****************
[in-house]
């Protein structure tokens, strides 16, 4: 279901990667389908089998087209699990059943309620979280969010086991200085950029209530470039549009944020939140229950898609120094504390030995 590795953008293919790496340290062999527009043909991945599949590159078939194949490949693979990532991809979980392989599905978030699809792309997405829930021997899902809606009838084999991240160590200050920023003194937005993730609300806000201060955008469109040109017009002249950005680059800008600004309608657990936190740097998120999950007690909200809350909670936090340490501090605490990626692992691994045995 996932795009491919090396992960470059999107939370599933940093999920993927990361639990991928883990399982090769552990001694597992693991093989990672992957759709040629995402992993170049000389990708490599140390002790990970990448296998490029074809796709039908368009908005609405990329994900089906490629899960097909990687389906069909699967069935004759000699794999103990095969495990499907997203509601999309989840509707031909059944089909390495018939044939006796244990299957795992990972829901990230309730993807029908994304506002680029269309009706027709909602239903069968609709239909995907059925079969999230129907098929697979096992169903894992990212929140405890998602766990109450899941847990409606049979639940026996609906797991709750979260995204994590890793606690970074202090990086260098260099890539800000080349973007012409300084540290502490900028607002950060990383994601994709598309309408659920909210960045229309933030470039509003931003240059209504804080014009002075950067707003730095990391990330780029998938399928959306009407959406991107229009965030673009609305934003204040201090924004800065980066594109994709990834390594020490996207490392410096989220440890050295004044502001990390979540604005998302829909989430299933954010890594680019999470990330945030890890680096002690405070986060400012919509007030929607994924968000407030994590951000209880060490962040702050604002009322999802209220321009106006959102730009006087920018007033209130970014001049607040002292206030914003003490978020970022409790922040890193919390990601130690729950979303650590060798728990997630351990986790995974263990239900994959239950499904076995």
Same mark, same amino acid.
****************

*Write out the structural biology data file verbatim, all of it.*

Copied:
[in-house]
């Protein structure tokens, strides 16, 4: 279901990667389908089998087209699990059943309620979280969010086991200085950029209530470039549009944020939140229950898609120094504390030995 590795953008293919790496340290062999527009043909991945599949590159078939194949490949693979990532991809979980392989599905978030699809792309997405829930021997899902809606009838084999991240160590200050920023003194937005993730609300806000201060955008469109040109017009002249950005680059800008600004309608657990936190740097998120999950007690909200809350909670936090340490501090605490990626692992691994045995 996932795009491919090396992960470059999107939370599933940093999920993927990361639990991928883990399982090769552990001694597992693991093989990672992957759709040629995402992993170049000389990708490599140390002790990970990448296998490029074809796709039908368009908005609405990329994900089906490629899960097909990687389906069909699967069935004759000699794999103990095969495990499907997203509601999309989840509707031909059944089909390495018939044939006796244990299957795992990972829901990230309730993807029908994304506002680029269309009706027709909602239903069968609709239909995907059925079969999230129907098929697979096992169903894992990212929140405890998602766990109450899941847990409606049979639940026996609906797991709750979260995204994590890793606690970074202090990086260098260099890539800000080349973007012409300084540290502490900028607002950060990383994601994709598309309408659920909210960045229309933030470039509003931003240059209504804080014009002075950067707003730095990391990330780029998938399928959306009407959406991107229009965030673009609305934003204040201090924004800065980066594109994709990834390594020490996207490392410096989220440890050295004044502001990390979540604005998302829909989430299933954010890594680019999470990330945030890890680096002690405070986060400012919509007030929607994924968000407030994590951000209880060490962040702050604002009322999802209220321009106006959102730009006087920018007033209130970014001049607040002292206030914003003490978020970022409790922040890193919390990601130690729950979303650590060798728990997630351990986790995974263990239900994959239950499904076995």
Same mark, same amino acid.